EU Parliament building in Strasbourg: Attack is not technically complex
Photo: JULIEN WARNAND / EPA
Whoever visited the website of the European Parliament in the late afternoon of November 23rd only got an error message Current information: As reported by several members of the Parliament, the website was temporarily disabled by a DDoS attack.
Parliament President Roberta Metsola tweeted at 4:45 p.m.: “The European Parliament has been the victim of a sophisticated cyber attack.
A Kremlin-affiliated group has acknowledged this."
The failure came after parliament voted to designate Russia as a state sponsor of terrorism.
Metsola further wrote: »My answer: #SlavaUkraini«
DDoS attacks are not hack attacks
As Parliament Speaker Jaime Duch said on Twitter, the website is "currently impacted by a high level of external network traffic."
This traffic is "connected to a DDOS (Distributed Denial of Service) attack." Parliament's technical teams are currently dealing with the incident.
In several tests between 5 p.m. and 6 p.m., the website was not accessible from Germany.
At 6:30 p.m. it can only be used to a very limited extent.
In DDoS attacks, attackers bombard websites with requests and data packets, temporarily overloading the servers so that a website can temporarily no longer be accessed and loaded.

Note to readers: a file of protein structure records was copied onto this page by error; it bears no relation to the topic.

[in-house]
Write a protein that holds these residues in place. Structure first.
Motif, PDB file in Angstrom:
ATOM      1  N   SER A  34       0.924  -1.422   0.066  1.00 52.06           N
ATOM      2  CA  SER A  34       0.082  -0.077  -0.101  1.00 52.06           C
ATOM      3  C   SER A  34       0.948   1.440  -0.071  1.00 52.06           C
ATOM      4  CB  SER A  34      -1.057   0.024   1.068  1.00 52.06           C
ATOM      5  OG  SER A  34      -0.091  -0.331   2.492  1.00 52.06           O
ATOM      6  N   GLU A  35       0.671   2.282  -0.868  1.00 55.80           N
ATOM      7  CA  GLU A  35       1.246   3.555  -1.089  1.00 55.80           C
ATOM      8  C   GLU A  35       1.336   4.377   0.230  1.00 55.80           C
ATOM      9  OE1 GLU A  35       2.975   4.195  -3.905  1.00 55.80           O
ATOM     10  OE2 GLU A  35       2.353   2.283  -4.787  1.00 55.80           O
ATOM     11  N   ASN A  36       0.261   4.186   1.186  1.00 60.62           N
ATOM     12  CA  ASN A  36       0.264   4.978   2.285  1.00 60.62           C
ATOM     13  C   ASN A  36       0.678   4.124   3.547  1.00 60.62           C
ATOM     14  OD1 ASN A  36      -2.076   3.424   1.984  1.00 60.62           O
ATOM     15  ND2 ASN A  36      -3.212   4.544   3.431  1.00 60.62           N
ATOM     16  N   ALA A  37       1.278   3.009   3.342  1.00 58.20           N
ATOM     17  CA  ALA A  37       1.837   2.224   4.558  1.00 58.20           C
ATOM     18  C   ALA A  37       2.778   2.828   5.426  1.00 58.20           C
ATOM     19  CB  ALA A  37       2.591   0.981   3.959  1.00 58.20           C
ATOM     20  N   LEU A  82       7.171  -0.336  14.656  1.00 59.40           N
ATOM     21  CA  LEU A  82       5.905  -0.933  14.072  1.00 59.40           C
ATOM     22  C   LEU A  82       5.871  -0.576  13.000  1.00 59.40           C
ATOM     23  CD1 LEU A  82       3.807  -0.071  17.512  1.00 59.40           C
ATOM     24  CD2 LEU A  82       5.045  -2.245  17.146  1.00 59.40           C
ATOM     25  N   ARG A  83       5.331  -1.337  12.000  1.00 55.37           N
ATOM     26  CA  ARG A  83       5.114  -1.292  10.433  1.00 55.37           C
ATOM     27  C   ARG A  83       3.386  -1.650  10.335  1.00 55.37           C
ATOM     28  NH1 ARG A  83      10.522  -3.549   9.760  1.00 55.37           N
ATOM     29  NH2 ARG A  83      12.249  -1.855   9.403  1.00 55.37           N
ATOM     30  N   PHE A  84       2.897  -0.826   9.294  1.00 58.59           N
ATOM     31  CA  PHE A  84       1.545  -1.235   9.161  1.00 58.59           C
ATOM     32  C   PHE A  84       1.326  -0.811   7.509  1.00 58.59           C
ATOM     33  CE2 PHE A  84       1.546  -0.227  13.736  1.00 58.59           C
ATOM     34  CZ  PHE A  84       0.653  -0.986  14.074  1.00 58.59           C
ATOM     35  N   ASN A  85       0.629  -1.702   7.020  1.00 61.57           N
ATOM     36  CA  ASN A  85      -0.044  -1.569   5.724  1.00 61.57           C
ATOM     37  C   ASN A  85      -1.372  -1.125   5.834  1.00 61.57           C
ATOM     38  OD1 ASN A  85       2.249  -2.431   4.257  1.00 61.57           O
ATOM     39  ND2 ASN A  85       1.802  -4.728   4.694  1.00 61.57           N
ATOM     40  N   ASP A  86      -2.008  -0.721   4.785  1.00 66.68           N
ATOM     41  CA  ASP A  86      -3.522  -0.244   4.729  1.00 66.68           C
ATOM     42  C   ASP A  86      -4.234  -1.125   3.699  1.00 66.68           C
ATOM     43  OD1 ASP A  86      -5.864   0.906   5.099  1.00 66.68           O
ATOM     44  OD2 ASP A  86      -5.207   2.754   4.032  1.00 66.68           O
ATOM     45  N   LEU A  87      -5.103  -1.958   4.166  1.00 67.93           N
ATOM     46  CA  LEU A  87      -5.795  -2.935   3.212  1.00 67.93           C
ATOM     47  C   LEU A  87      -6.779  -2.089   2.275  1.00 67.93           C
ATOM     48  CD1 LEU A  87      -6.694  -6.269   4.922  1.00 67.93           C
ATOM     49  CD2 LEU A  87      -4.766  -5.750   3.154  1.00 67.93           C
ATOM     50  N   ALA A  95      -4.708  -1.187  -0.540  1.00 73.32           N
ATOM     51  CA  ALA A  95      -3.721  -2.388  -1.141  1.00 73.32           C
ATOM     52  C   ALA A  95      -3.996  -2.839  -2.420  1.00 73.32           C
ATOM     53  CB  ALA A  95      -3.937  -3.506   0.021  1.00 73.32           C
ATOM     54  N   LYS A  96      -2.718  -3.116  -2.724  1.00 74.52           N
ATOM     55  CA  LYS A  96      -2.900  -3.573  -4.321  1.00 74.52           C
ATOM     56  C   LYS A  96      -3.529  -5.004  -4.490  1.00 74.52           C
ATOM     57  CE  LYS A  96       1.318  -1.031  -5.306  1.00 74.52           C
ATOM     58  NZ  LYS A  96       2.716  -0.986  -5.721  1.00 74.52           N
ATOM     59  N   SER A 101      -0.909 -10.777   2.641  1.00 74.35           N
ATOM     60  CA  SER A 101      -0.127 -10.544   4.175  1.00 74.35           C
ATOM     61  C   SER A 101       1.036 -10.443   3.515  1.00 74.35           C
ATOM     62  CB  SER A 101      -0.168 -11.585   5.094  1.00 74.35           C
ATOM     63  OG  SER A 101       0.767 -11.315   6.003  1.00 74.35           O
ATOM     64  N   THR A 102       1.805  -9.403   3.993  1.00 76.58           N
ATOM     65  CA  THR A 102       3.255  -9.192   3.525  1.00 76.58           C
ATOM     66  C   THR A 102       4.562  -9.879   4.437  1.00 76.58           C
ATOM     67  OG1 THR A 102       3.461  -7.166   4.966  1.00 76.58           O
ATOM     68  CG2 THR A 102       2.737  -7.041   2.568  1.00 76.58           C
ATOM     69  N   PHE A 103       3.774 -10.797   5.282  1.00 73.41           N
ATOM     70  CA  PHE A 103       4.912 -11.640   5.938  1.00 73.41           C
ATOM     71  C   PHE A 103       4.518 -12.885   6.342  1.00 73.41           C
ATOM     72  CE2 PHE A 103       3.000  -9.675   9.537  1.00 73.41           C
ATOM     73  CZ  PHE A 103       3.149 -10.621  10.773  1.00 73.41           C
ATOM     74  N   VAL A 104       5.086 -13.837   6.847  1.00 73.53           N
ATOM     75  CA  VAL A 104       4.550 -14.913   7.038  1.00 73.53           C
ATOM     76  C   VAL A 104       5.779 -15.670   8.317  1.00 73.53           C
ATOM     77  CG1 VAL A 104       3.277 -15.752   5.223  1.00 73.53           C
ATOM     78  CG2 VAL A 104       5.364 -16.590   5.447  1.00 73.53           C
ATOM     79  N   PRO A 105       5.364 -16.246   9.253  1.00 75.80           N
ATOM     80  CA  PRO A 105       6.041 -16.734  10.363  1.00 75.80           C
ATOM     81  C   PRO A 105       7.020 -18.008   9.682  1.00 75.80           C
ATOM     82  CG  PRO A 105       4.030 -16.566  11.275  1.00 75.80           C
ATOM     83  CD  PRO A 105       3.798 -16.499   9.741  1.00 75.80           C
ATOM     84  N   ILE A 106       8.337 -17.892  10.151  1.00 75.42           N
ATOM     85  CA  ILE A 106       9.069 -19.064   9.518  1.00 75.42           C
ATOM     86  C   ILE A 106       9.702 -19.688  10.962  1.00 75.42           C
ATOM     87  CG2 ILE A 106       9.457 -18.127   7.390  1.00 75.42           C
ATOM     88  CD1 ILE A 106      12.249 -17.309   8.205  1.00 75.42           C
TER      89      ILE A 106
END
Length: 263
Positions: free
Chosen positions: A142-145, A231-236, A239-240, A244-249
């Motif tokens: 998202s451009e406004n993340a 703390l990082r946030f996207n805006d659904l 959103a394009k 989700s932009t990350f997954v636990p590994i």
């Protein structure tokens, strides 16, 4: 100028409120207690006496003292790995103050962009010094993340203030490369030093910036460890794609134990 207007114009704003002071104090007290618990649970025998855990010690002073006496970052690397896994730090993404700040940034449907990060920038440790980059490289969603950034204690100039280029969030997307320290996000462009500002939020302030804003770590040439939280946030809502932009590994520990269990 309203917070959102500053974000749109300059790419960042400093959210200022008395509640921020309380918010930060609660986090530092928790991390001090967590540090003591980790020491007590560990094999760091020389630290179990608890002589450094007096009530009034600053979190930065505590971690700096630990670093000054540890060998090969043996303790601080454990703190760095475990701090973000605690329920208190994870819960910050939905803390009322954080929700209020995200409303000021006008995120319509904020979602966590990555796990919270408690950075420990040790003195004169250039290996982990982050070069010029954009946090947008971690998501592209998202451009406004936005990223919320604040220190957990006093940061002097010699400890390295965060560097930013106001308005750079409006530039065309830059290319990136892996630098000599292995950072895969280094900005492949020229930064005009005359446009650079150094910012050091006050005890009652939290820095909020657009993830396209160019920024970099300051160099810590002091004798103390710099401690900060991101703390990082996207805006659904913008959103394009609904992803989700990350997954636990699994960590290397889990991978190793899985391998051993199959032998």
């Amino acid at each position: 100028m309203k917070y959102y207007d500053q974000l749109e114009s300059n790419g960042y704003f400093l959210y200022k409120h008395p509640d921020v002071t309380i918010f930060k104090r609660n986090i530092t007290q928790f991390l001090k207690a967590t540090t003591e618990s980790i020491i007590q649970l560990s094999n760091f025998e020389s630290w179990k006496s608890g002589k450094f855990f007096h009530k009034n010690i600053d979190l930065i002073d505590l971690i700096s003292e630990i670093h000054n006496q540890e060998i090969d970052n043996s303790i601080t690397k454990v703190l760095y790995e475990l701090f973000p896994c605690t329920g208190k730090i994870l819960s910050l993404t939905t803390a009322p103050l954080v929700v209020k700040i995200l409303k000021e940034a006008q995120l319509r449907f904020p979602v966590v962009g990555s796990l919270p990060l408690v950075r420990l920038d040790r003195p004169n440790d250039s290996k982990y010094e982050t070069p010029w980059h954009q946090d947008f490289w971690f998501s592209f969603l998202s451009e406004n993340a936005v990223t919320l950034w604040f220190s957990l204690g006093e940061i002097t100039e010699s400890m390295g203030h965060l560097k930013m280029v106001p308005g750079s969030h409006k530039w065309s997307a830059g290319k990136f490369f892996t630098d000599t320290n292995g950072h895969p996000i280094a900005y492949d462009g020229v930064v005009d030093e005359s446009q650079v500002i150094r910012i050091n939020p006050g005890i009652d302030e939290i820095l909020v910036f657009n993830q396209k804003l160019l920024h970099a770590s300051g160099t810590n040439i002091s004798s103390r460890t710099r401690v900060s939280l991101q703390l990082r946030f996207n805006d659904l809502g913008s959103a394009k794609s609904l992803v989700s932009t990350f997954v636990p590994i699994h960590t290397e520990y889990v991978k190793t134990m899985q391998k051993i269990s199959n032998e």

Technically, DDoS attacks are not too complex and do not damage networks because they do not penetrate them.
No data is lost either.
In fact, shortly after the website went down, a group of hacktivists believed to be close to the Russian government claimed responsibility for the attack on Twitter.
She is said to have already attacked several private and state-owned websites in Norway, some of them temporarily paralysed.
However, it has not been confirmed that this group is actually behind the failure of the parliamentary side.
Failure right after vote condemning Russia
Metsola added in her tweet that the website went down "after we declared Russia a state sponsor of terrorism."
In a one-sided vote by 494 votes to 58 with 48 abstentions, the European Parliament tried to increase the pressure on Moscow at its session on Wednesday.
The vote ruled that Moscow's military strikes against civilian targets such as energy infrastructure, hospitals, schools and housing units violated international law.
The move is largely symbolic and has no legal consequences for Russia.
At the same time, the EU has already imposed unprecedented sanctions on Russia over Russia's February 24 invasion of Ukraine.
However, it is not clear whether there is a direct connection to the current vote.
The EU and the 27 member states had repeatedly described the invasion as well as individual incidents and methods of the Russian war of aggression as war crimes.